The next creek crossing brought me back to earth. I entered the creek with too much speed and couldn’t avoid a big rock in the middle of the deep water. I plunged in face first and the bike toppled next to me upside down. Ed, Jeremy, and Ben had their cameras out before I even had a chance to stand up.
No real damage done to bike or body. But my iPhone took a bath. As I pulled it, sopping, from my pocket, I could see water trapped behind the black lifeless screen. Crap. Not to worry though, I still had my laptop, right?
Back at the Frank Lloyd Wright trailer, I opened my pack to find no laptop inside. A frantic search ensued. It was gone. Double crap.
Now, here’s where, as a blogger, I could take the story on a sappy riff. I could write about being “unplugged.” How the lack of screens is a good thing. How I learned to slow down and “be in the moment.” To tell the truth, I thought about it. A post like that writes itself.
But, if I’m being honest, I really missed my gadgets. I couldn’t take photos, couldn’t coordinate with friends at the festival, and couldn’t call my family. And, just to add a little extra salt to the wound, my iPhone screen came back to life, and I could see notifications of incoming texts and emails, but the touch screen wasn’t working, so I couldn’t read them or respond.
What to do? Well, there was no Apple store in town, and my laptop was in Phoenix, a four-hour roundtrip. So I let it go. I didn’t want to be unplugged, but there I was.
Don’t get me wrong. This didn’t spoil the trip. But I still needed a way to fill the interstices between events (I’m not good at downtime). So, I started cooking for my friends. Jeremy and Ben did not mind this turn of events.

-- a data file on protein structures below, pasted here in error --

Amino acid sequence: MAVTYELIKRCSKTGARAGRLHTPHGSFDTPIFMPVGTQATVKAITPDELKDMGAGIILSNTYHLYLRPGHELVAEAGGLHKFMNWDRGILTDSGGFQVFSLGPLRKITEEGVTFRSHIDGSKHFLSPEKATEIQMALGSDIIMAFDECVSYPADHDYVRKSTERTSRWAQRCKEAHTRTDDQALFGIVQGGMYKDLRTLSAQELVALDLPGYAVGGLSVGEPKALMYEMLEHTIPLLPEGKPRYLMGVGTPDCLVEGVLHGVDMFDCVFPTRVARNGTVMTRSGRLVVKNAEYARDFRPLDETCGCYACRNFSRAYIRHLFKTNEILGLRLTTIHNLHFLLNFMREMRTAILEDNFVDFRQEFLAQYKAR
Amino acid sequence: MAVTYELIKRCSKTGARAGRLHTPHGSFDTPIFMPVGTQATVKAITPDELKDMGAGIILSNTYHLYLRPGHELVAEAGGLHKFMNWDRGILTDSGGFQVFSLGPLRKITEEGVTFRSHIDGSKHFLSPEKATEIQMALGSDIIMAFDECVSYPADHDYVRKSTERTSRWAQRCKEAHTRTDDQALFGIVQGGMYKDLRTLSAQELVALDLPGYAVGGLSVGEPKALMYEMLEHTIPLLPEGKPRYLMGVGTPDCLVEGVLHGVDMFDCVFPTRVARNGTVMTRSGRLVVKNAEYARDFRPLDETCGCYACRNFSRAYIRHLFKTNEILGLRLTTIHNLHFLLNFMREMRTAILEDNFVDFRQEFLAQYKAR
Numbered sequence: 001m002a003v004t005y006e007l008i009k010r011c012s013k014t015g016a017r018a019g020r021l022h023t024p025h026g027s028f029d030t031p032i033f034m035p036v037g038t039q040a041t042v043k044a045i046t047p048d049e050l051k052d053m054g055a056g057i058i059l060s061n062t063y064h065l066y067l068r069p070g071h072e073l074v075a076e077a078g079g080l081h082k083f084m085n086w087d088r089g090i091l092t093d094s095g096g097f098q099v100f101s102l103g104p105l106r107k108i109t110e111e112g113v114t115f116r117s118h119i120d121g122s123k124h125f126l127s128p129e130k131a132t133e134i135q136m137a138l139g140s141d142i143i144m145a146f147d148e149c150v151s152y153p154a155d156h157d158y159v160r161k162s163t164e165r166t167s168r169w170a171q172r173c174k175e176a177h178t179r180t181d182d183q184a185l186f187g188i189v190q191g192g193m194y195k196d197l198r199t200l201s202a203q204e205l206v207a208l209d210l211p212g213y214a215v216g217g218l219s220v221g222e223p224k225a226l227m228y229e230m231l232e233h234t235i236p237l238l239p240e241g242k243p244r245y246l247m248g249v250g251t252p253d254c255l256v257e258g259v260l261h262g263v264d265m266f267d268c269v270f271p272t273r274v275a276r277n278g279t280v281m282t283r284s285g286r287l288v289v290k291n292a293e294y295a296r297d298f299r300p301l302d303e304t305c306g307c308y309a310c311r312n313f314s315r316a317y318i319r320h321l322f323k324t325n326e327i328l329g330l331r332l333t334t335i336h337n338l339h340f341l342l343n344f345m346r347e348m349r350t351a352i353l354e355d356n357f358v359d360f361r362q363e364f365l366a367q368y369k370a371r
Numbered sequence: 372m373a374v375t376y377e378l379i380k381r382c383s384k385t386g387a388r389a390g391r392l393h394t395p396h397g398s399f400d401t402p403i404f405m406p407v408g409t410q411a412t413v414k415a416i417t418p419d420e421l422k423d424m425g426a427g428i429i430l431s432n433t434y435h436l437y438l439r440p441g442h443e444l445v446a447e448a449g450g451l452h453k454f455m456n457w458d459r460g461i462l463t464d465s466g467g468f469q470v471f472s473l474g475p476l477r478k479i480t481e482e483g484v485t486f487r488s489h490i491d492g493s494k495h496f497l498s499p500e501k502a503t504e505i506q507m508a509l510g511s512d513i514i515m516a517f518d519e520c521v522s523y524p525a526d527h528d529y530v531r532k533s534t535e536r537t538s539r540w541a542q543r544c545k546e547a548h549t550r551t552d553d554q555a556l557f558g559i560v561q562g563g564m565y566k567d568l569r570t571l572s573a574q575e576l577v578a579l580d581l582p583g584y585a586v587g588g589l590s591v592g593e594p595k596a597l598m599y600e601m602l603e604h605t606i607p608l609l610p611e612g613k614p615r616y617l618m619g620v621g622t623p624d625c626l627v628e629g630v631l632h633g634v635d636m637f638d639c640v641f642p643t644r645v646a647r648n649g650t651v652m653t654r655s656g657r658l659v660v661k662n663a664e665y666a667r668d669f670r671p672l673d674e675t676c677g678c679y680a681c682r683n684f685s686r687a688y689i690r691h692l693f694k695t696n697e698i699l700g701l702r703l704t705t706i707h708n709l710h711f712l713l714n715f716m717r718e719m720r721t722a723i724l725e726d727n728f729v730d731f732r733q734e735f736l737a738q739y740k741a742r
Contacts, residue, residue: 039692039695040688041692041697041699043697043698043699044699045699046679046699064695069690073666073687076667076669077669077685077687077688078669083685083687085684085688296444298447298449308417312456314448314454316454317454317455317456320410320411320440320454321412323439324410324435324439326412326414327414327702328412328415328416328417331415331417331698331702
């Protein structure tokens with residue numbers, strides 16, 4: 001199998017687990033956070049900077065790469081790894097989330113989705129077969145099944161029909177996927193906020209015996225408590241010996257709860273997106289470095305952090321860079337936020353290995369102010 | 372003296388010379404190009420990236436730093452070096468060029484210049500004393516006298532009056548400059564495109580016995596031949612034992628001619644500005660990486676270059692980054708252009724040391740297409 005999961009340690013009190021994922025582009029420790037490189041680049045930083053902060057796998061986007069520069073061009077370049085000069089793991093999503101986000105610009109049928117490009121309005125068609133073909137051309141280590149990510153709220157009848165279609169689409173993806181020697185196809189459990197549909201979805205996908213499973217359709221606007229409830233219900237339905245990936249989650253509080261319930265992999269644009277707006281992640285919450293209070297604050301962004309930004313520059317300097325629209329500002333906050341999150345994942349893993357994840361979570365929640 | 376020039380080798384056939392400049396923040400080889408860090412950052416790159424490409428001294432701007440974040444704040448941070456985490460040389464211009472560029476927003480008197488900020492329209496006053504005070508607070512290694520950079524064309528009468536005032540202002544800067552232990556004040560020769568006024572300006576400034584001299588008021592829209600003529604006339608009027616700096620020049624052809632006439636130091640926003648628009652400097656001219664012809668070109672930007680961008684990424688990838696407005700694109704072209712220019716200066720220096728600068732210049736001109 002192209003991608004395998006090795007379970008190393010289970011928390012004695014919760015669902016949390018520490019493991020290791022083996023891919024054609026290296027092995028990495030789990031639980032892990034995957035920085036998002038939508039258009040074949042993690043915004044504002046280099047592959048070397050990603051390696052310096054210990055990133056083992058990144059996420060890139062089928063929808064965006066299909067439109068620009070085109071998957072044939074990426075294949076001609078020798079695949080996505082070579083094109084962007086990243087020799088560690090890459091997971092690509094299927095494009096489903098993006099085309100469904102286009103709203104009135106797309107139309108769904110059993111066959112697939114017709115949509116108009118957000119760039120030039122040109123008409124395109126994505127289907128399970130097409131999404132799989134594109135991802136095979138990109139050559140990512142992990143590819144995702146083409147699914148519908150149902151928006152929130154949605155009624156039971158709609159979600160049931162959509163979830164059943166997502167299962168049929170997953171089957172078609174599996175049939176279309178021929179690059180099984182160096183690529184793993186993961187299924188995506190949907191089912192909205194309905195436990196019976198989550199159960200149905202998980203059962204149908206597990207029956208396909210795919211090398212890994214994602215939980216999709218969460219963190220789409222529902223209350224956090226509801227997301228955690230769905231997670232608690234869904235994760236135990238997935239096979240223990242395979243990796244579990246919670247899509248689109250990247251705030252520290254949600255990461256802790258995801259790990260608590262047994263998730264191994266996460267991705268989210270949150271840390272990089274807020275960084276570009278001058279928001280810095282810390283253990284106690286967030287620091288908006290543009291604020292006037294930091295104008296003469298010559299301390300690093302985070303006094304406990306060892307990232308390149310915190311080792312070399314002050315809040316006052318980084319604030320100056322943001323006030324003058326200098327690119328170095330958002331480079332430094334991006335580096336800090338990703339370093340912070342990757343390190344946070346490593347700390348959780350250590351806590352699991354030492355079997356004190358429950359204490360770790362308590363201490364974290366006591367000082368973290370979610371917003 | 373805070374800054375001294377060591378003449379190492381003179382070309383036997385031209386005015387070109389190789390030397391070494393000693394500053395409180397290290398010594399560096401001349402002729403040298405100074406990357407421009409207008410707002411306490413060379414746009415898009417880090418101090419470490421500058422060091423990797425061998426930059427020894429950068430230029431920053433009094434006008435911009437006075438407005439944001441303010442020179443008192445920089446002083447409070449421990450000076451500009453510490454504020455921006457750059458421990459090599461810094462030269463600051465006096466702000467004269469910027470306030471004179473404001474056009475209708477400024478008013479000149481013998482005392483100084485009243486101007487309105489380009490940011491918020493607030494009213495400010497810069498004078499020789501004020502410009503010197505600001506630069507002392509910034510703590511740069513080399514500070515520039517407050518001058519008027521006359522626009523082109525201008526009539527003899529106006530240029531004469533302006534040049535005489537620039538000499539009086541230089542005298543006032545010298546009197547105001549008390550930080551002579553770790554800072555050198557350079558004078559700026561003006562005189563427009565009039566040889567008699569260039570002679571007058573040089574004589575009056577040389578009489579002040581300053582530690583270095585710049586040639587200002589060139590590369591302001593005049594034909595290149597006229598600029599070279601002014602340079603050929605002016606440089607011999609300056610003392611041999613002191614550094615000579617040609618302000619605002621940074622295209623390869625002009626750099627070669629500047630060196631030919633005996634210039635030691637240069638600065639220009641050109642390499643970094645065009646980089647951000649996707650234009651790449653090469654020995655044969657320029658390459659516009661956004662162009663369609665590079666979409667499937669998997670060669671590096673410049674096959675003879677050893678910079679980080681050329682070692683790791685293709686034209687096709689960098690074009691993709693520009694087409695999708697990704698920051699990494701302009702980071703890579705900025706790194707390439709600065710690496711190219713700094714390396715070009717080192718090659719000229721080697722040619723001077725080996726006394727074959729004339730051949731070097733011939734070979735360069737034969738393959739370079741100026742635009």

I didn’t have too much down time anyway. The three days of the festival were packed. We rode demo bikes, shuttled back and forth to trails, and listened to live bands in the beer garden as the sun set. The festival was also a great time to meet up with other friends and tell stories. Jen fell on Hiline and slid 10 feet down the cliff. Cam set a KOM on the gravity trail. And Chris’ van broke down on the way from Bentonville, Arkansas.
After the festival, Ed and Jeremy headed home, while Ben and I stayed in Sedona to ride more. Lacking any electronics, I spent my evenings hunched over maps, planning the rides for the next day. My goal was to ride as many “new to me” trails as possible. Would they be good? Who knew? Without TrailForks or MTB Project, they were just lines on a map.
But that made it all the better. Each morning, Ben and I would head out to trails unknown, with packs heavy with water, food, and a couple of beers. We found some amazing trails, and some that were amazing in different ways. On Lizard Head, we amused a few hikers who stopped to watch us pass our bikes down to one another off a cliff face. And, on Summit, we abandoned our bikes about halfway up to reach the top of the mesa by foot.
Riding like this—aimlesslt—is my true disconnect. My unplug. My “in the moment.” Because I’m usually either “training” or “racing” (note the quotation marks), I usually think of trails in terms of miles per hour and feet of elevation. I usually have a schedule and a training goal for each ride.
In Sedona though, I might find myself munching a Clif bar on a rock enjoying a beautiful view, having traveled only six miles in two hours. Or, I might be bombing a downhill with a stupid grin, without worrying whether this slice of heaven has a segment on Strava.
When it started getting dark, we’d make our way back to the Frank Lloyd Wright trailer, sun-baked and salt-crusted, with empty packs, and a couple empty beer cans, not exhausted, but simply done.
And so today, the last day, I find myself at the airport, ready to head home. My right palm is bruised, my left shin raked with bloody ribbons from a cactus smack. My neck is sunburnt, my left shoulder stiff. I’m done for the week, but I’m not done with Sedona—I wish I didn’t have to leave.
I’m itching to get my devices back online, so I can find out whether the Frank Lloyd Wright trailer is for sale. But first, I need to record my thoughts. So, while I’m sitting at the gate, I reach into my bag. Now, where the fuck is that pen?
Be brave, and do it by hand.